Burn Fast and Burn Bright

Momentum is the magic behind collaborations and you may have more influence here than you think. Finding the right balance between supply and a pricing strategy that takes into account your positioning in the market is a critical component to success. The goal is to use your collaboration to drive and expand your relevance and, in turn, indirectly boost sales as the brand becomes top-of-mind.

With only 50 pairs of its Pie Tops available, Pizza Hut garnered millions of top-tiered impressions just after they announced the release. While they originally sold for $150, it didn’t take long for some to show up on eBay starting at $2,000 a pair. Similarly leveraging scarcity as a strategy, Saucony and Dunkin manufactured 2,000 pairs of their shoes and sold-out through an online presale. Budweiser and Jim Beam released their new brew, Budweiser Reserve Copper Lager in September but it is only available for a limited time, through the holidays.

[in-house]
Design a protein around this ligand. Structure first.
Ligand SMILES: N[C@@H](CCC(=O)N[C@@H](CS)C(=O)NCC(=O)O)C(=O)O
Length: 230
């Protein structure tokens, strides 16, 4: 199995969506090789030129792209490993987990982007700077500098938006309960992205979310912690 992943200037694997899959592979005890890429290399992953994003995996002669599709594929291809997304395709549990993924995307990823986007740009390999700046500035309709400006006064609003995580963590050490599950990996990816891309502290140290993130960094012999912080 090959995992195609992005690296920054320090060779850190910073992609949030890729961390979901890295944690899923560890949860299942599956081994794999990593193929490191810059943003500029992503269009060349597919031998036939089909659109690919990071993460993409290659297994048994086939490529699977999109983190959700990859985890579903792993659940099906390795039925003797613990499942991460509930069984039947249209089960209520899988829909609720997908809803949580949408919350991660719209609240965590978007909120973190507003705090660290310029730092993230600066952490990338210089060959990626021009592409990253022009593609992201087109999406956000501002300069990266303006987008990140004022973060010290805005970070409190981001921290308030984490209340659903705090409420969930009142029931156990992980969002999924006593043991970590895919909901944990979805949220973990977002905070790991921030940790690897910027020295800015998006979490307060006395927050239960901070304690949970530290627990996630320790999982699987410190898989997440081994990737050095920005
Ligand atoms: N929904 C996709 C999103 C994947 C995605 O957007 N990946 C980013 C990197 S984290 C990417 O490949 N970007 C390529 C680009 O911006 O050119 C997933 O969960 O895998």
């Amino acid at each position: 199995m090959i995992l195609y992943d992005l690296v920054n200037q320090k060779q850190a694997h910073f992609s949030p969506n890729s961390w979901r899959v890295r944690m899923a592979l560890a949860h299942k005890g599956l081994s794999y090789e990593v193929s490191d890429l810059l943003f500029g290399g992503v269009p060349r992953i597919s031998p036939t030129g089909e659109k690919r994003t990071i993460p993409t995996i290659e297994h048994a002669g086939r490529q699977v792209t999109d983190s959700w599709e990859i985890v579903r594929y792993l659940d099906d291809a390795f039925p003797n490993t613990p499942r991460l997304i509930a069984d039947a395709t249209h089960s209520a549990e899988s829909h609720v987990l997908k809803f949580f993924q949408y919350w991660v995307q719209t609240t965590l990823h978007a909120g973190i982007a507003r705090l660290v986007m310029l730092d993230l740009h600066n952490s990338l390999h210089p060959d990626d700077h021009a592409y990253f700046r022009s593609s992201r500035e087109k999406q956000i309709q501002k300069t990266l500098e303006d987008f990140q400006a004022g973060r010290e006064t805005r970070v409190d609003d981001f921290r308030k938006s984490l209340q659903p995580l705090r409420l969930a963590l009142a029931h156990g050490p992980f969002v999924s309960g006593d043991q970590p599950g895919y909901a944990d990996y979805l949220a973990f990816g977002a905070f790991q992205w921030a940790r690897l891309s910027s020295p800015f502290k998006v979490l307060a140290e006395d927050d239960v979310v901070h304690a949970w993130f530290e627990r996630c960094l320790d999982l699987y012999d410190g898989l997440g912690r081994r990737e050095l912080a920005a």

SHHH, First Impressions are Everything

Usually veiled in secrecy, there are no soft launches in the game of product collaborations. Great partnerships are announced with a clear communication and go-to-market plan in place well before launch day. Aligning teams on both sides is essential to ensuring your collaboration delivers the ROI you envision. Assuming everyone has agreed on the target audience, whose brand voice will drive communication? Will there be a joint press release? Who will be managing media proactively and reactively? Who are your spokespeople? Have you prepared talking points? Did you give any outlets exclusives? Is your marketing plan timed to honor these exclusives? Are your retail partners equally prepared? Carefully managing each stage of your launch in detail is key to building momentum.